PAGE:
Whatever your job, avocation or past-time involves, it is driven by dreams. It could be the dream of building the biggest and best specialty chemicals company in the world. It could be getting your 10,000 days of operations without a lost time accident. It could be making that sale to the most difficult account you've ever come across. It could be to develop a unique and powerful fragrance compound. It could be then selling that compound in high volume to all the fragrance houses. It could be developing and commercializing a breakthrough chemical process technology.  It could even just be getting through one more year before retirement to the gold coast. To be clear, this is not some more "pursue your dreams, kids" nonsense. My advice to my kids is to pursue a good living first. Feed yourself and your family, but by all means be driven by dreams. Coming back to surfactants, I've always (humbly) said that our aim with the surfactants conferences and courses is to make attendees better managers. Well you're also going to be a better manager if what you do is driven by your dreams. When you come to our events, I want you to know that my personal goal is to help you achieve your dreams in our industry. It could be that one connection you make or that one snippet of information or inspiration you pick up. These events are part of my dreams, realized. I want them to help you realize your dreams. We're going to do this in Berlin next week and I hope to see you there. We'll be sharing at least two pieces of music, by the way, neither of which are above.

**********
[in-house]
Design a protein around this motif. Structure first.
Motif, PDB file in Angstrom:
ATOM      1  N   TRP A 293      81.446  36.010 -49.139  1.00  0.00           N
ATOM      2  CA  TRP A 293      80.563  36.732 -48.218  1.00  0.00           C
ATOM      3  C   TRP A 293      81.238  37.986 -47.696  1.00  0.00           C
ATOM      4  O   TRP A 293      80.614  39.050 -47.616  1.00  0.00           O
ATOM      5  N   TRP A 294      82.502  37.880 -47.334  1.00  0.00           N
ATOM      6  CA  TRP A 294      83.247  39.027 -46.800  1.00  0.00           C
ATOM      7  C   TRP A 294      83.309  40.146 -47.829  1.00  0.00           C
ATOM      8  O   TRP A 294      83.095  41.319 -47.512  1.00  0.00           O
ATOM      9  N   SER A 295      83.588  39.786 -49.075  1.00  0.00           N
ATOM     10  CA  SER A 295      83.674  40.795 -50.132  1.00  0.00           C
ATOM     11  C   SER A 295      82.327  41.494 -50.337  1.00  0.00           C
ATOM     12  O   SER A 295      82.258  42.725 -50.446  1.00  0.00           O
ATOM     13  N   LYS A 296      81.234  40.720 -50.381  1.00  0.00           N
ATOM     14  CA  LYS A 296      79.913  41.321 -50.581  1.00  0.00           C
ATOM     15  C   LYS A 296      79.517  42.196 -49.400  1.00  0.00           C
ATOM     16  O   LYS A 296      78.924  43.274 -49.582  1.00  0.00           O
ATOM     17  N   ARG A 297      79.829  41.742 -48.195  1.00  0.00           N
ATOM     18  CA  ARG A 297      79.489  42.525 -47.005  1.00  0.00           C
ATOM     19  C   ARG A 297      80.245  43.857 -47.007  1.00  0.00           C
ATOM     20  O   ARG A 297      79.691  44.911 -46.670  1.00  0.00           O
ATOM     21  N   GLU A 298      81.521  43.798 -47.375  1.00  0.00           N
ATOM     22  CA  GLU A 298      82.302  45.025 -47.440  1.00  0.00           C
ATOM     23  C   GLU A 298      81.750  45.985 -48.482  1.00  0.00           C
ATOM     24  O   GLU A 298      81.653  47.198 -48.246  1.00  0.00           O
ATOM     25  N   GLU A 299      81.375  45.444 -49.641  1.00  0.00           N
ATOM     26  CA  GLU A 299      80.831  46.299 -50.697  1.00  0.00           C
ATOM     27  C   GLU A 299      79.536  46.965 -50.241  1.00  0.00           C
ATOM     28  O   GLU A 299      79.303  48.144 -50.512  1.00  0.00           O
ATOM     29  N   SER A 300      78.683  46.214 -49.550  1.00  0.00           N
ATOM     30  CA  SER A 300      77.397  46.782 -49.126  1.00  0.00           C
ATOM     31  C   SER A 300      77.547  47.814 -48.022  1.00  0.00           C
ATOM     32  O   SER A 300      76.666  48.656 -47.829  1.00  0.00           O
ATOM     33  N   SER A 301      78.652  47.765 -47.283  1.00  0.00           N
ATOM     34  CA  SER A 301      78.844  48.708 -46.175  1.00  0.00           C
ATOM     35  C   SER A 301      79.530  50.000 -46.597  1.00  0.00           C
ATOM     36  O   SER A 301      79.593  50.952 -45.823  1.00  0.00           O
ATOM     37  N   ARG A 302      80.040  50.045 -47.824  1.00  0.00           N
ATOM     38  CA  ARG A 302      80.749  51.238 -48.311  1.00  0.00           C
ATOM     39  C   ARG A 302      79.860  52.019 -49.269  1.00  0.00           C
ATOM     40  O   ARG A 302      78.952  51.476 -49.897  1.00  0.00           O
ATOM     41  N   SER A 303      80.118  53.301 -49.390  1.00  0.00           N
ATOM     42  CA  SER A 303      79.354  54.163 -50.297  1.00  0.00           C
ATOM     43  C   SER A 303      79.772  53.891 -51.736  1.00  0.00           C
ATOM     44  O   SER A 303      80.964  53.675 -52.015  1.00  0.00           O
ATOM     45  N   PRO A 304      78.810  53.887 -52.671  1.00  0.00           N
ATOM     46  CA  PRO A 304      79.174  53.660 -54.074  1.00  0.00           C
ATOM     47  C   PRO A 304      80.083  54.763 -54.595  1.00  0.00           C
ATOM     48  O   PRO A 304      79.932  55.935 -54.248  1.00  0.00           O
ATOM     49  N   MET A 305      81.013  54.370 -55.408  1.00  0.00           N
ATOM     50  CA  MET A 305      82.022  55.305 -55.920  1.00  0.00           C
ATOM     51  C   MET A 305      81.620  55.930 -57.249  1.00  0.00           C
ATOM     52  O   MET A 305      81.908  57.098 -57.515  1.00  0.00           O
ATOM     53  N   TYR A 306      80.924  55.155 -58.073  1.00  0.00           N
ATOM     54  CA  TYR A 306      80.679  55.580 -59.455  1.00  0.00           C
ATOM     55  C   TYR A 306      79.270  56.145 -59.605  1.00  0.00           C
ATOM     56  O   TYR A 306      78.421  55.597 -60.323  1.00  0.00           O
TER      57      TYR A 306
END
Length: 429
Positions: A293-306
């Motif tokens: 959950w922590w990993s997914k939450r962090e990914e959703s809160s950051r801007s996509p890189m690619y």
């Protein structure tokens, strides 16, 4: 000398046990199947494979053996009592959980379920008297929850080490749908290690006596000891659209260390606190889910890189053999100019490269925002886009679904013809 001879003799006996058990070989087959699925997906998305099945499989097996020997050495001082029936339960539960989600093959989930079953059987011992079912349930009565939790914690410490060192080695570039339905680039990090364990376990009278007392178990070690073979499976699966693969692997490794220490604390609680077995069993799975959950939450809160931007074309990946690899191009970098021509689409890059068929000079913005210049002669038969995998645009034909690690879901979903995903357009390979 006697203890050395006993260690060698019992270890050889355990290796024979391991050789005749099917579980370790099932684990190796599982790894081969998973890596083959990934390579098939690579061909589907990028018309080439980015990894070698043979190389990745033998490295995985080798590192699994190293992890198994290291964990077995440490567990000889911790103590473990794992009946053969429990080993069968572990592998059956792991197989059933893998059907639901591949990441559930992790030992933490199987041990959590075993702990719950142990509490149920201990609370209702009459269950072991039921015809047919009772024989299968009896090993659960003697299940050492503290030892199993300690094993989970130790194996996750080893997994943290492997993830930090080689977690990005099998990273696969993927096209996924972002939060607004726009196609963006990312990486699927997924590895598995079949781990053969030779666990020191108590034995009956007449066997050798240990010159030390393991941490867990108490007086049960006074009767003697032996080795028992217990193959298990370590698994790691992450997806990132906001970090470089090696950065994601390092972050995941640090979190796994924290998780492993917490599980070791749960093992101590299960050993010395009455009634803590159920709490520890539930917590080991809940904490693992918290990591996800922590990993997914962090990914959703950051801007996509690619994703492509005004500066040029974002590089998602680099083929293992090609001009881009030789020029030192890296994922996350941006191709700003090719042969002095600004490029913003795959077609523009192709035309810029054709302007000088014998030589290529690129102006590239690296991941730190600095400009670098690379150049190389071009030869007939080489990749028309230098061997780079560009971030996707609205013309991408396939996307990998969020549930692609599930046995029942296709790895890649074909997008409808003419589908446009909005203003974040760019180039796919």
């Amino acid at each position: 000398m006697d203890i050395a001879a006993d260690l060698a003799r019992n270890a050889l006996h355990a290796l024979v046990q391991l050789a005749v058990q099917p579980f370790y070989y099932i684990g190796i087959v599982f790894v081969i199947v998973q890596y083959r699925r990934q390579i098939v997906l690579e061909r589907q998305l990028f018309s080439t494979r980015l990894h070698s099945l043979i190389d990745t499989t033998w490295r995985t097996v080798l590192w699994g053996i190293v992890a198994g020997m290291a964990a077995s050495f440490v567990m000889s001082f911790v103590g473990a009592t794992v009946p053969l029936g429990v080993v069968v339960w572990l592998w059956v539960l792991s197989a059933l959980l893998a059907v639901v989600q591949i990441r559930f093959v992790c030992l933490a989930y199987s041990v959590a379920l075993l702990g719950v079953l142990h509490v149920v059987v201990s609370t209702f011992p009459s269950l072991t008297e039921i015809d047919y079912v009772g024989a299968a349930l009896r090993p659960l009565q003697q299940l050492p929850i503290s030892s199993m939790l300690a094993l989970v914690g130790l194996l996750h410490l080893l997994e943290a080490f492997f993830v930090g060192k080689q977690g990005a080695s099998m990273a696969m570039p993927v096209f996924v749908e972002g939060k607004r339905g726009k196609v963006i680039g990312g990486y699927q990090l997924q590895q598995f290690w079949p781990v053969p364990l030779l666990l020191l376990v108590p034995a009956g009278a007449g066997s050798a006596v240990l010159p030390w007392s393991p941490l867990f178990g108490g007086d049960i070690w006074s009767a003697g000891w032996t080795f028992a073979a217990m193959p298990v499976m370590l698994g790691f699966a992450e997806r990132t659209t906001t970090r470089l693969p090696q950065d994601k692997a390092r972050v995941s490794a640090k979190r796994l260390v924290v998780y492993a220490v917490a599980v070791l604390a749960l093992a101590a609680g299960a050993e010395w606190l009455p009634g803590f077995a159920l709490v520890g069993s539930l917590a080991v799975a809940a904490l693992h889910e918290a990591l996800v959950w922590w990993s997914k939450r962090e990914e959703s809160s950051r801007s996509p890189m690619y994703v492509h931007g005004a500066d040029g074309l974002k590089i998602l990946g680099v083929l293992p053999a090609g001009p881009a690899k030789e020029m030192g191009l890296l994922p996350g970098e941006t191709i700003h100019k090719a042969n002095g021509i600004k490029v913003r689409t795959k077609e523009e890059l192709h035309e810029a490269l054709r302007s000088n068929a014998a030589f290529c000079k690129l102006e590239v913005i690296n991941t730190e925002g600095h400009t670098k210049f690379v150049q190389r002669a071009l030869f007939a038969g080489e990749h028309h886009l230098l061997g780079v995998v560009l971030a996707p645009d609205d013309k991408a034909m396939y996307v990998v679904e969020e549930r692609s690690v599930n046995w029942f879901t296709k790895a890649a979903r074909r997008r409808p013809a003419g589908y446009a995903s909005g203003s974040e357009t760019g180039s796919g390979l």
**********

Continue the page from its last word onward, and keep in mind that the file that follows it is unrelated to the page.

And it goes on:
All the best,

Neil